Tuesday, January 28, 2014

Cue The Violin

Over the holidays, I had the pleasure of watching some kinescopes of “The Jack Benny Show” that were originally broadcast in the late fifties and early sixties.  The DVD cover said they were “lost” episodes, though when they’ve been re-mastered and put on sale, it’s hard to think of them as lost.  If you read the liner notes, you’ll discover that they were in a vault at U.C.L.A.  I’m guessing it would be much more likely for a freshman with an uncertain sexual orientation to get lost there than a parcel of classic television shows.

After years on the radio, Benny’s delivery is flawless, as wonderful for what he doesn’t say as what he does.  He conveys more by folding his arms or by cutting his eyes than some modern comics could say with a page of dialogue.  Parts of his demeanor (and many of the jokes) date back to Vaudeville, yet there were many trying to mine the past of comedy history to achieve television immortality.  Benny succeeded where so many others failed.  I began to wonder what made him different.  I watched and I watched.  I saw some of the episodes four times, into the late evening.  Even when I wasn’t laughing, I was charmed.  He had something, something that must be lacking from much of today’s comedy, I thought.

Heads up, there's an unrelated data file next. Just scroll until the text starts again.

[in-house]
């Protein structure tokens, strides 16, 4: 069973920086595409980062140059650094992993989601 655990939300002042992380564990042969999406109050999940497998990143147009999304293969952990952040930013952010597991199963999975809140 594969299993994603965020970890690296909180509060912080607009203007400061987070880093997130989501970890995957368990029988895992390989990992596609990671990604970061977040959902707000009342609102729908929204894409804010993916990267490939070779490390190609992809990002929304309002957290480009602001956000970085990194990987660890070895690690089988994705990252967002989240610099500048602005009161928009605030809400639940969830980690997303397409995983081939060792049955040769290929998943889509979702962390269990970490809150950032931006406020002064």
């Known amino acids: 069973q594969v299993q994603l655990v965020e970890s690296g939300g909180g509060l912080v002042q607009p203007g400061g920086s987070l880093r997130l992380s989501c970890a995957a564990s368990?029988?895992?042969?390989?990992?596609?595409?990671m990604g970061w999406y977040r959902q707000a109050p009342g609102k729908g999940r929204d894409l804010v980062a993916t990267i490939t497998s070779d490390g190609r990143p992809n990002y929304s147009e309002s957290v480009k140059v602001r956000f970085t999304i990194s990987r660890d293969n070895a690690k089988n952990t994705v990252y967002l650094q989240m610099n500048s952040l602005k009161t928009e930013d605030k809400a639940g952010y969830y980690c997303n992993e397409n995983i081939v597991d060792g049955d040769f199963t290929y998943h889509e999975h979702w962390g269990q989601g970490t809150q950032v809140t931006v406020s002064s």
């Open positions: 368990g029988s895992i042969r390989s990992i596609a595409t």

When my seventeen year-old got home that night, it became clearer.  Exhausted from a long day of working sound in his high school theatre, he sat down and watched the fifty year-old shows with me…and he laughed.  Then, he laughed some more.  I asked him later what he had found humorous and he responded, “I don’t know…he’s just funny.”

The mystery was solved in an episode with Milton Berle as a guest star.  “Mister Television” was signed to a thirty-year contract in 1951, so anxious was NBC to rein in the star of  the “Texaco Star Theater”, but at the point where he appears on the Benny show, Berle’s show was long gone.  He had been exiled to hosting a celebrity bowling show, which didn’t last two years.

Berle was lucky he had prodigious choppers, because he chewed every piece of scenery on the stage (for the uninitiated, that’s over-acting).  Sweaty and desperate, he went for any and every laugh available, not caring if he upstaged the star of the show.  And then your eye would travel back to Benny…who with two fingers in his cheek would deliver a stinging rejoinder without a word.

And there it was.  It was all in his eyes.  Not just the way he looked at the camera, but what was in his eyes when he looked through the lens, through the co-axial cables, right into our living rooms, fifty years ago and yesterday.  He seemed to say, “Humor me, folks.  I’ll make it worth your while.”

Jack Benny loved his job, and loved the people he was working with, even when they went too far.  He also loved his audience.  I’ve watched some comedies since I finished with the Benny set, and seen what looks like outright contempt for me, as the viewer.  I have something to say to them.

In the inimitable words of Mr. Benny, “Now cut that out!”

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